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Proposed Sex Predator Reintegration Facility In Western Kansas Draws Strong Opposition

Ben Kuebrich
High Plains Public Radio
Hundreds of Dighton residents attended a town hall meeting in Dighton, KS Tuesday night to voice their opposition to the State of Kansas' plans to convert a former assisted living facility into a halfway house for sexual predators.

A proposal by the Kansas Department of Aging and Disabled Services (KDADs) to locate a halfway house for sexual predators in Dighton is drawing strong opposition.

Hundreds of residents attended a town hall meeting held by the state Tuesday night to voice their opposition to the project. The proposed reintegration facility would house up to 16 convicted sexual predators that have served their sentences, undergone rigorous therapy, and shown good behavior. Similar facilities already exist in Osawatamie, Parsons, and Larned.

Officials from the KDADS addressed the residents’ concerns.

At one point a man at the meeting shouted out, “We don’t want you!”

Dr. Mike Dixon, who oversees all of the state’s sexual predator reintegration facilities, responded to the man, saying, “I think that’s really clear. We’re not here to force this on you.”

Citizens raised concerns about the dangers of locating such a facility in the town of about 1,000. Many said they chose to live in Dighton because it is such a safe community.

When a man questioned the proposed site’s proximity to a baseball field where kids play, Dixon said a fence would be built to block the line-of-sight between the facility and the field.

“If at any time the individual was staring at that ball diamond or not avoiding it, we would take them back to Larned,” said Dixon, referring to the inpatient facility where most sexual predators are held. “We have a zero tolerance policy as far as when we pull someone back.”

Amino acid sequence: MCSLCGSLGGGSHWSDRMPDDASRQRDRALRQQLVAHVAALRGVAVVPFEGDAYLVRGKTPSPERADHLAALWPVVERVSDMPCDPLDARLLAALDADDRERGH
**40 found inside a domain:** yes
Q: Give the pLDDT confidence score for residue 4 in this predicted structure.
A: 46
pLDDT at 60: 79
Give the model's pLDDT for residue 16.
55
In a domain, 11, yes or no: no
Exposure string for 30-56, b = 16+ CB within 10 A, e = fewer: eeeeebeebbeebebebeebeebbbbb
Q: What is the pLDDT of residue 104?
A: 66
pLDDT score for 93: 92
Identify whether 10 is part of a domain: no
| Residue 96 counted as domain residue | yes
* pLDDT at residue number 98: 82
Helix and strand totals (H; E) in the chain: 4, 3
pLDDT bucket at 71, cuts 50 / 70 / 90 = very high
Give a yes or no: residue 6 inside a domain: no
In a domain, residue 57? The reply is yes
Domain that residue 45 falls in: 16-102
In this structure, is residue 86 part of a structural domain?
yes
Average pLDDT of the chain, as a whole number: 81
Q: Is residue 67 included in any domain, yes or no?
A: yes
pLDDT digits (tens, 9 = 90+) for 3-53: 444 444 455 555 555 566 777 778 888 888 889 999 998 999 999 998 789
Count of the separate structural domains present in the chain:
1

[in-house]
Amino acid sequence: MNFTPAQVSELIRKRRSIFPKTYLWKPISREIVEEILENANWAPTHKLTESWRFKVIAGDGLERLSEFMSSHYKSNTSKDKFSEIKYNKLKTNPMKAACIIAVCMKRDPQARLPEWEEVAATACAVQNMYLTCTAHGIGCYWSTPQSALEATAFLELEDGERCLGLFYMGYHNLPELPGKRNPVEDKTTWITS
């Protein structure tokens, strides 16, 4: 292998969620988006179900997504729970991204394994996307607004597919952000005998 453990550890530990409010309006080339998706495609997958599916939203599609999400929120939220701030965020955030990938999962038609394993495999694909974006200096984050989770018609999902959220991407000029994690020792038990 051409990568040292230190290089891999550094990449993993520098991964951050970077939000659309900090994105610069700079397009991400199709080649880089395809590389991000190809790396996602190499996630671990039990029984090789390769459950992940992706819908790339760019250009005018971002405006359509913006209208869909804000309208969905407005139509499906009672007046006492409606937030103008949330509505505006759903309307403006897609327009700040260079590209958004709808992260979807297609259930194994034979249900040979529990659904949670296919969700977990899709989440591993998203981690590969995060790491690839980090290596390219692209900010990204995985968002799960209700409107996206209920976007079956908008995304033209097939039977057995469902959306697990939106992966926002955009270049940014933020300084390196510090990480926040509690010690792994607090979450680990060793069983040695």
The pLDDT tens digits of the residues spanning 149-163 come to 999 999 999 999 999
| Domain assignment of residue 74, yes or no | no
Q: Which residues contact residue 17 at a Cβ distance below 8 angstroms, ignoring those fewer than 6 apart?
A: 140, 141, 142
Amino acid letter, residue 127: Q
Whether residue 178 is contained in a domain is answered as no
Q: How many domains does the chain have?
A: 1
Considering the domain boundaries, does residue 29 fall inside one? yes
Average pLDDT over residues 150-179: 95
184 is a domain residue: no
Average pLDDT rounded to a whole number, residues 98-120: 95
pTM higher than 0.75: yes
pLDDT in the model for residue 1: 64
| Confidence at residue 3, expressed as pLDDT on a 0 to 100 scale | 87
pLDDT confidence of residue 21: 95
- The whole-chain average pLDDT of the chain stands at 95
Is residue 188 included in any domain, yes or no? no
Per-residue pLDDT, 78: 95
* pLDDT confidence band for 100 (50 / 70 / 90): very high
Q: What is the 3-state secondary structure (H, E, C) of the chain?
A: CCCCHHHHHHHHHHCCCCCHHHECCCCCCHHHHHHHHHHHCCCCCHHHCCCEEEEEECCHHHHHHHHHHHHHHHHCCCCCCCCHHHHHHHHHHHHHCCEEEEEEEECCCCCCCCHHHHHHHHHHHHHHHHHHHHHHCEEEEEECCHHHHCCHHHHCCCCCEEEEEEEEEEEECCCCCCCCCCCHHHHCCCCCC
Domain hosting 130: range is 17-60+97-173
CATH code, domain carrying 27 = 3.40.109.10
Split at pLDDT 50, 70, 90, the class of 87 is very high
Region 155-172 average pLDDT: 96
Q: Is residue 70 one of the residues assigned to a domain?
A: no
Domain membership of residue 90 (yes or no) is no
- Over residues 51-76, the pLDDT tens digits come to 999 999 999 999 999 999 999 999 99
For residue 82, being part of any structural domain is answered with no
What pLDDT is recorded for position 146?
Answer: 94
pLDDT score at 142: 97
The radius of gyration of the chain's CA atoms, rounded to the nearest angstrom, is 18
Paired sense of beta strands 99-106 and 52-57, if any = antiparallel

Citizens also questioned the logic of placing the facility, which will require 20 full-time employees, in a town that already struggles to recruit and keep health professionals. Dighton was originally suggested as a site because KDADs owns a vacant residential building there.

Previously, the building was used as the Diamond View Estates assisted-living home, which had been given a loan by the State of Kansas to construct the facility in 2002. The operating body stopped paying the loan last year, leaving the building to the state, which is now looking for a way to use the facility.

Ultimately, Timothy Keck, the Secretary of KDADS, will decide where to locate the reintegration facility and what should be done with the unused building in Dighton.

“We’re here to answer your questions about it and take back information to the secretary of a different purpose for this facility,” Dixon said.

KDADS says the sexual predator reintegration program is outgrowing existing facilities, and a new facility is already on the state budget, so a facility will need to be opened somewhere in the state by Jan. 1, 2019.

This article has been updated to correct an error made about the loans the Diamond View Estates assisted-living home received from the state.